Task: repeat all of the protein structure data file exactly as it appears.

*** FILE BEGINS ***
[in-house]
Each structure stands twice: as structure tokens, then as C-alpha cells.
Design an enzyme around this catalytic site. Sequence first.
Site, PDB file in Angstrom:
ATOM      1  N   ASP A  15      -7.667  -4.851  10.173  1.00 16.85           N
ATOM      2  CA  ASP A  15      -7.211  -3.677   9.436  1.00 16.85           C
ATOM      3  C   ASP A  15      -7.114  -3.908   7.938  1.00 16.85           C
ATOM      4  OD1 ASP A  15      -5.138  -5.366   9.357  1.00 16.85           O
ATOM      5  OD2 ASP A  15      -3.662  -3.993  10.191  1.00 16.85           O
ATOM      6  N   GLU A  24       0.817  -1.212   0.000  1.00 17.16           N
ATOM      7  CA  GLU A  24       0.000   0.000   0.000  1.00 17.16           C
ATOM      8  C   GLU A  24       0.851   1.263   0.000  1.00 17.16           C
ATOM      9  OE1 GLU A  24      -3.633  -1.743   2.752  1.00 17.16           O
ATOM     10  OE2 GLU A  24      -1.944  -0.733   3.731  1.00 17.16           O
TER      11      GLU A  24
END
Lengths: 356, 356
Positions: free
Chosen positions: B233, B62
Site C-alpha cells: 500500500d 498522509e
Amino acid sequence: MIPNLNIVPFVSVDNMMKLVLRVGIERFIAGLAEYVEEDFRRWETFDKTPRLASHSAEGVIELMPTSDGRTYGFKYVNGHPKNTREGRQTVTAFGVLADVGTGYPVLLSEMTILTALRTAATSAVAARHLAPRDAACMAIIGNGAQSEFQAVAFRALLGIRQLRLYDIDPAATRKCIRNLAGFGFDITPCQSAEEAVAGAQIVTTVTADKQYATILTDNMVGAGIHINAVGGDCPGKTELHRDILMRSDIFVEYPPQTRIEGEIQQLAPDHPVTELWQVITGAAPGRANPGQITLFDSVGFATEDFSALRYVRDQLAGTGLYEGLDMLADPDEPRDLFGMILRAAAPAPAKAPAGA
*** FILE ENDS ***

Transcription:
[in-house]
Each structure stands twice: as structure tokens, then as C-alpha cells.
Design an enzyme around this catalytic site. Sequence first.
Site, PDB file in Angstrom:
ATOM      1  N   ASP A  15      -7.667  -4.851  10.173  1.00 16.85           N
ATOM      2  CA  ASP A  15      -7.211  -3.677   9.436  1.00 16.85           C
ATOM      3  C   ASP A  15      -7.114  -3.908   7.938  1.00 16.85           C
ATOM      4  OD1 ASP A  15      -5.138  -5.366   9.357  1.00 16.85           O
ATOM      5  OD2 ASP A  15      -3.662  -3.993  10.191  1.00 16.85           O
ATOM      6  N   GLU A  24       0.817  -1.212   0.000  1.00 17.16           N
ATOM      7  CA  GLU A  24       0.000   0.000   0.000  1.00 17.16           C
ATOM      8  C   GLU A  24       0.851   1.263   0.000  1.00 17.16           C
ATOM      9  OE1 GLU A  24      -3.633  -1.743   2.752  1.00 17.16           O
ATOM     10  OE2 GLU A  24      -1.944  -0.733   3.731  1.00 17.16           O
TER      11      GLU A  24
END
Lengths: 356, 356
Positions: free
Chosen positions: B233, B62
Site C-alpha cells: 500500500d 498522509e
Amino acid sequence: MIPNLNIVPFVSVDNMMKLVLRVGIERFIAGLAEYVEEDFRRWETFDKTPRLASHSAEGVIELMPTSDGRTYGFKYVNGHPKNTREGRQTVTAFGVLADVGTGYPVLLSEMTILTALRTAATSAVAARHLAPRDAACMAIIGNGAQSEFQAVAFRALLGIRQLRLYDIDPAATRKCIRNLAGFGFDITPCQSAEEAVAGAQIVTTVTADKQYATILTDNMVGAGIHINAVGGDCPGKTELHRDILMRSDIFVEYPPQTRIEGEIQQLAPDHPVTELWQVITGAAPGRANPGQITLFDSVGFATEDFSALRYVRDQLAGTGLYEGLDMLADPDEPRDLFGMILRAAAPAPAKAPAGA